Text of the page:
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From Jamia Masjid to SKIMS Director: Dr Parvaiz Koul's inspirational journey and legacy of excellence

'SKIMS is a brand and regardless of difficult circumstances, it has not only survived but excelled '
12:00 AM Mar 06, 2024 IST | MUKEET AKMALI
from jamia masjid to skims director  dr parvaiz koul s inspirational journey and legacy of excellence
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From a downtown boy in Jamia Masjid, Srinagar to the Director of SKIMS, Dr Parvaiz Koul's journey is as inspiring as it is intriguing. Raised in a close-knit mohalla with his parents instilling the value of hard work, Dr Koul has carried those lessons through an illustrious medical career. As he prepares to step down on March 8th, he leaves behind a legacy of excellence at SKIMS - pioneering respiratory research, advocating for merit-based processes, and proactively pursuing innovations to enhance healthcare services.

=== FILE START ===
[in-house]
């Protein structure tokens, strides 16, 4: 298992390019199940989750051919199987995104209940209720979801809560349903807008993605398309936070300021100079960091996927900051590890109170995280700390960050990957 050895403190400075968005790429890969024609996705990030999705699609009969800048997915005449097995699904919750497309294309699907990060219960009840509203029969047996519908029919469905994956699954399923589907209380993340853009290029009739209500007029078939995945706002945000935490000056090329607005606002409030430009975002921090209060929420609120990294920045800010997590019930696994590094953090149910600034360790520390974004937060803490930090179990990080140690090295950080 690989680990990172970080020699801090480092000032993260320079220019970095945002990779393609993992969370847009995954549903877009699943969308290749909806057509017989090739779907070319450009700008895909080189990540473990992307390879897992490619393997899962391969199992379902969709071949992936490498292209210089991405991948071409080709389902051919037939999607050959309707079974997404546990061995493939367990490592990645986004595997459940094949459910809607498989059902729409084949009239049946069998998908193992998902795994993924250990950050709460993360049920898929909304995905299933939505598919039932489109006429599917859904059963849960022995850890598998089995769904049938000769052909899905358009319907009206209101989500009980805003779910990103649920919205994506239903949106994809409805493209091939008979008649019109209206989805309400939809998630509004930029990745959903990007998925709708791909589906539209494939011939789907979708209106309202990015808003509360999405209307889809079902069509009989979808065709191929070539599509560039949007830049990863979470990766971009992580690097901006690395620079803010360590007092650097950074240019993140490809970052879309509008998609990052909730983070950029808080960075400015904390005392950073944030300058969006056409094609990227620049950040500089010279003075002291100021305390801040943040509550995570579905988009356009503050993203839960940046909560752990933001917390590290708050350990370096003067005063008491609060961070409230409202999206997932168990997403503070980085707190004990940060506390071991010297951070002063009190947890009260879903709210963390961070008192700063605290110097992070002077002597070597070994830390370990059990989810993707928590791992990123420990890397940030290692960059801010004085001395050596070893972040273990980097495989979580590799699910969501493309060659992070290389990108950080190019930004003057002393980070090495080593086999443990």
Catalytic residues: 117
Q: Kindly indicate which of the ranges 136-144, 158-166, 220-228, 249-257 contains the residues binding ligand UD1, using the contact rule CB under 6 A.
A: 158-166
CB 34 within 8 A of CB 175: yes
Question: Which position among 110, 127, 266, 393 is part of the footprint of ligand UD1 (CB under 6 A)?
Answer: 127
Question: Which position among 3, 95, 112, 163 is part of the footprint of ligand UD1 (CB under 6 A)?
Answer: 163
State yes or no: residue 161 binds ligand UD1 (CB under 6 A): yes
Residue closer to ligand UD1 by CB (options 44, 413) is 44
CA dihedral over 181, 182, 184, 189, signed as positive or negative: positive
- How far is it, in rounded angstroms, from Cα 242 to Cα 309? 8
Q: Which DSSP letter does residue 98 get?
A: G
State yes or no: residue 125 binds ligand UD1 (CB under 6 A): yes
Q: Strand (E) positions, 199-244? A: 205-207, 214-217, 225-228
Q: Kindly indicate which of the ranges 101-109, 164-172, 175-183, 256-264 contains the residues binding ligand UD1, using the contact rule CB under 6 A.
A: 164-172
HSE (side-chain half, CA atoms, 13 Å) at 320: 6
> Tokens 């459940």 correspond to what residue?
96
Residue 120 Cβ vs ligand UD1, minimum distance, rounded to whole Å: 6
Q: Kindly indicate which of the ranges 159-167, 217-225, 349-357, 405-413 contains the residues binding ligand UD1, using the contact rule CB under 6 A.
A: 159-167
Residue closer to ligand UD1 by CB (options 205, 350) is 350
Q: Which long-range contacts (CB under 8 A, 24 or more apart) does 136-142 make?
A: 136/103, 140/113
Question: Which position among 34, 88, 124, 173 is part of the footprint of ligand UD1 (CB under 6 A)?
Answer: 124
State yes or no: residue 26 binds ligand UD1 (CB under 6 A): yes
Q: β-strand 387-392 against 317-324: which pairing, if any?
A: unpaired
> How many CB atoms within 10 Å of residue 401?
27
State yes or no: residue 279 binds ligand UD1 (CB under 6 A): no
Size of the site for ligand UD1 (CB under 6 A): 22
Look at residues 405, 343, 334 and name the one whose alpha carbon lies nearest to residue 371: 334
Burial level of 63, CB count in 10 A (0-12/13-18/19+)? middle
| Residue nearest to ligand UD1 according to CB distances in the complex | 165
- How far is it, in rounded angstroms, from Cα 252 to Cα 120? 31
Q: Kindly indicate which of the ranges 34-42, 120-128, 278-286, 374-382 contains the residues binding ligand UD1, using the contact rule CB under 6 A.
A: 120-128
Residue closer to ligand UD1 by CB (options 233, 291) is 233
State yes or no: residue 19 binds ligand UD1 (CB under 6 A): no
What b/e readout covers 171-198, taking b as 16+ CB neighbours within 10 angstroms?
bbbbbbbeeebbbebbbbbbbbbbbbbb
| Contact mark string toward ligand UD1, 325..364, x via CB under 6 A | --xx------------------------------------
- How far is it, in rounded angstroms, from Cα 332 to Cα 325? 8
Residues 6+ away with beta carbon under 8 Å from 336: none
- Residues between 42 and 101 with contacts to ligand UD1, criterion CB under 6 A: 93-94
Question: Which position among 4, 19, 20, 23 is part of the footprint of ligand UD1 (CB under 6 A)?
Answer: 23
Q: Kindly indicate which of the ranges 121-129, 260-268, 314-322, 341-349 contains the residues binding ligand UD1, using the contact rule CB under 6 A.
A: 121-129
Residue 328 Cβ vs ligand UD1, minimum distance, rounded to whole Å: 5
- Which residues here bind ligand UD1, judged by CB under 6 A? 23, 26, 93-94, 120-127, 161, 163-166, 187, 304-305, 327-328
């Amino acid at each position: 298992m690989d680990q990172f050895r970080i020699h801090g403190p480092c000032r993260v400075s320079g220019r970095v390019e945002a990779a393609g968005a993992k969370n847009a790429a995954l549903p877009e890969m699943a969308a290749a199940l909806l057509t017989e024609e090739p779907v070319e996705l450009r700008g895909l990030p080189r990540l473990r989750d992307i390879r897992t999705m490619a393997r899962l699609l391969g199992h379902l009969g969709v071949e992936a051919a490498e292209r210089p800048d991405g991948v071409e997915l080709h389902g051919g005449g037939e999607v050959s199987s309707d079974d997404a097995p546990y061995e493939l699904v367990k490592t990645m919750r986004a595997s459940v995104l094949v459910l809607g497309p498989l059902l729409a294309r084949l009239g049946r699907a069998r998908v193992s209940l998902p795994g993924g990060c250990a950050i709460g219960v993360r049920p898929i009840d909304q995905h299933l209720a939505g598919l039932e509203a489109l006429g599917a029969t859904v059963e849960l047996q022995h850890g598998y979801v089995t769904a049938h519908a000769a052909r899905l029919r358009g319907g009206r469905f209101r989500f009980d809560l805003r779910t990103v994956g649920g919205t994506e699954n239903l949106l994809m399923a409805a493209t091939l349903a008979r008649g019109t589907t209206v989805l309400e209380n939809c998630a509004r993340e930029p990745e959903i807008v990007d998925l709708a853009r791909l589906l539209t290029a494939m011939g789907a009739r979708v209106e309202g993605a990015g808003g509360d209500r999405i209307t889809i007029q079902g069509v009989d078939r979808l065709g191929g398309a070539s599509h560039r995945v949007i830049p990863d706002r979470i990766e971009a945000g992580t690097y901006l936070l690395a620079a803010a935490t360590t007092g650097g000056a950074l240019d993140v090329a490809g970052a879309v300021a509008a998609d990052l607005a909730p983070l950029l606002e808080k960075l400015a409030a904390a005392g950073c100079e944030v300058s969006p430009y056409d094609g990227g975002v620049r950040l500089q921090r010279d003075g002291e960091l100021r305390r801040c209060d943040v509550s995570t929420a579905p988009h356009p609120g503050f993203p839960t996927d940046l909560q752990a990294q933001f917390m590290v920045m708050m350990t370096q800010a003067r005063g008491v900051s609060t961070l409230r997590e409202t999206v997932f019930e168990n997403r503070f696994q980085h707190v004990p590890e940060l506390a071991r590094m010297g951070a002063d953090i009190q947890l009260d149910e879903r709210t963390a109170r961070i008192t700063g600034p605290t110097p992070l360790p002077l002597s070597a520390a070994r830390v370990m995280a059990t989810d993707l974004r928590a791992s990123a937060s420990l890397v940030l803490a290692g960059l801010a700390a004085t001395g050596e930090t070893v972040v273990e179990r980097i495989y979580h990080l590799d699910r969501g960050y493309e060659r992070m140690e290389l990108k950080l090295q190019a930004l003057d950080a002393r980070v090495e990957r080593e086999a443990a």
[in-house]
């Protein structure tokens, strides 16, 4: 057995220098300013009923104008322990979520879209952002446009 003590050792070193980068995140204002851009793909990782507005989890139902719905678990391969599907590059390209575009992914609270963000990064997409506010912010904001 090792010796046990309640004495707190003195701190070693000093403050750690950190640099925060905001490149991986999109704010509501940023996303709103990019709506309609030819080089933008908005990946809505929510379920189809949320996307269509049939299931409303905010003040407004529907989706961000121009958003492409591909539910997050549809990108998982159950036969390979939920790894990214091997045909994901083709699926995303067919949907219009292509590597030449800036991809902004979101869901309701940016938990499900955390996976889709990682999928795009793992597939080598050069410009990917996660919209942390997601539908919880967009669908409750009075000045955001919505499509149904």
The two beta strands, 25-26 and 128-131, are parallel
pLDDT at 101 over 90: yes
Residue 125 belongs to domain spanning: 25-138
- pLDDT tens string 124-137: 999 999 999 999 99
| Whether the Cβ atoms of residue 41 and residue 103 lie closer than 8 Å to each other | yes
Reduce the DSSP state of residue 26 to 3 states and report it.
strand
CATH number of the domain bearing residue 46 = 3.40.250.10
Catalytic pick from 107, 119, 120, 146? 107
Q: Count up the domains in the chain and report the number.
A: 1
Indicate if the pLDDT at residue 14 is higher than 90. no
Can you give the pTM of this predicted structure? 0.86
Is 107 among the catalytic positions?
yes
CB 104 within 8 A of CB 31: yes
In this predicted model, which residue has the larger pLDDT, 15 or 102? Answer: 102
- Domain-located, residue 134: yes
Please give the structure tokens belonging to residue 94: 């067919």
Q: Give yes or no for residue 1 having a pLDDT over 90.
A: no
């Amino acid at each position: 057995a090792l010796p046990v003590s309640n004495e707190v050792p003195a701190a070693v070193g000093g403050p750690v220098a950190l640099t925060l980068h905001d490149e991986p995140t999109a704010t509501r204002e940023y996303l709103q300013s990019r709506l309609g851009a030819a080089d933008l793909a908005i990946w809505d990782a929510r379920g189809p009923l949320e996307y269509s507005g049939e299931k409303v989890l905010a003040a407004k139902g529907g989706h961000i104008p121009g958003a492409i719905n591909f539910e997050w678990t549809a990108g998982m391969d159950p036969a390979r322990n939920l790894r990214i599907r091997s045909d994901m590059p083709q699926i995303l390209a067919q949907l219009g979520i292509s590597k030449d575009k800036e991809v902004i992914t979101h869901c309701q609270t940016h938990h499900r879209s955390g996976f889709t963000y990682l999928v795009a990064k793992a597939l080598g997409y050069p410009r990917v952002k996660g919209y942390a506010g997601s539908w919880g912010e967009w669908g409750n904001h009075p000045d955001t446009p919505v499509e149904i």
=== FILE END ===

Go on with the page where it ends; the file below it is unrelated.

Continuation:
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In this candid interview with Greater Kashmir's Mukeet Akmali, Dr Koul reflects on his humble beginnings, the pivotal moments that shaped his path into medicine, and his resolute vision for SKIMS to evolve as a beacon of healthcare. His story underscores the power of perseverance, community strength, and an unwavering commitment to one's calling.

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MA: Can you share some insights into your upbringing and childhood experiences that influenced your decision to pursue a medical career?